Ethanol AND Hybrid Technologies

I've said this is previous posts but I will say it again. The only way that the United States and the rest of the world is going to come to a reasonable answer relating to the complex topics of environmental impact, foreign oil dependency, and others relating to transportation fuels is to combine several meaningful solutions. By doing a quick search of the major automakers in America, it becomes horrifyingly clear that there is absolutely no interest by these companies in helping the public solve any of these problems. To illustrate my point, think of all the flex-fuel vehicles on the road today. Save the Chevy Malibu I would have to say that every single one is an SUV. And the hybrid-dominated companies don't have clean hands either. I can say that there is not a single company that has the foresight and innovation to build a hybrid car and install components capable of running 85% ethanol. Think of how easy it would be for Toyota to equip their prius, for only $100 to $200 dollars, with ethanol capable components. They would be able to corner the entire market, particularly here in the Midwest. So why won't they do it? I honestly don't have an answer. Combining the two most promising emissions/cost reducing mechanisms that are available seems like the right way to go.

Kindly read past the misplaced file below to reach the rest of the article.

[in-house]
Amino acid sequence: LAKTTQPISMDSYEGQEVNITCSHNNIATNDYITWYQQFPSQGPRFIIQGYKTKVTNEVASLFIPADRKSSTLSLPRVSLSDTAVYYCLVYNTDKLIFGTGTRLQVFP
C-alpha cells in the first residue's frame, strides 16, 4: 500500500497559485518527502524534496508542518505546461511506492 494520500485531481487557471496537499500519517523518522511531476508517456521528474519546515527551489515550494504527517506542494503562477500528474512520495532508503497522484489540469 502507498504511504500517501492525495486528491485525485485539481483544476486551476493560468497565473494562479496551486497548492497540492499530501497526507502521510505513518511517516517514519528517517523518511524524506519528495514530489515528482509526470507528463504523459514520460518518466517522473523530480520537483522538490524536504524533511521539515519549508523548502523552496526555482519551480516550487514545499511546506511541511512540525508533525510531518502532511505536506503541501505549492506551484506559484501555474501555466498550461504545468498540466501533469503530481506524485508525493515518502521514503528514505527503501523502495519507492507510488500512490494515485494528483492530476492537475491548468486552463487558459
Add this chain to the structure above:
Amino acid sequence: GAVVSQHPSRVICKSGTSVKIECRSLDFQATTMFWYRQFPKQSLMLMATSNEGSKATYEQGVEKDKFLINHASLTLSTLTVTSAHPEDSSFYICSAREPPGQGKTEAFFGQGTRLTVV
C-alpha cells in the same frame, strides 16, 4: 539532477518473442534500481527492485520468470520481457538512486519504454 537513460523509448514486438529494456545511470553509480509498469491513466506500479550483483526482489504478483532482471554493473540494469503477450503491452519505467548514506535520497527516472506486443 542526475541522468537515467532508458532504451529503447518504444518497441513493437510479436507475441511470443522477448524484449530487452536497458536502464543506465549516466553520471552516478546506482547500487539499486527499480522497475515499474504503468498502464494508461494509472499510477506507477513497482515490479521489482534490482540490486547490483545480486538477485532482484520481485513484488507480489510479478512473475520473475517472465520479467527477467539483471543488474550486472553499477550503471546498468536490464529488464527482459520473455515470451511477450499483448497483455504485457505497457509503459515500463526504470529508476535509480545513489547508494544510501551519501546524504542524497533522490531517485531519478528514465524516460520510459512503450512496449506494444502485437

Thankfully, a company out of Stolkholm Sweden named Scania, has already made 14 hybrid-electric city buses. I know that this isn't the answer that I was looking for in personal car production but it is a good step. These buses are already running and the data indicates the the combination of the two technologies has reduced GHG emissions in the buses by 90%!! And the buses are able to extend their fuel economy by 25%. Incredible. Hopefully Scania's lead will help push automakers here in the US to start thinking about the big picture and not just about ethanol versus hybrid versus hydrogen versus fuel cell -- that kind of thinking will get us nowhere.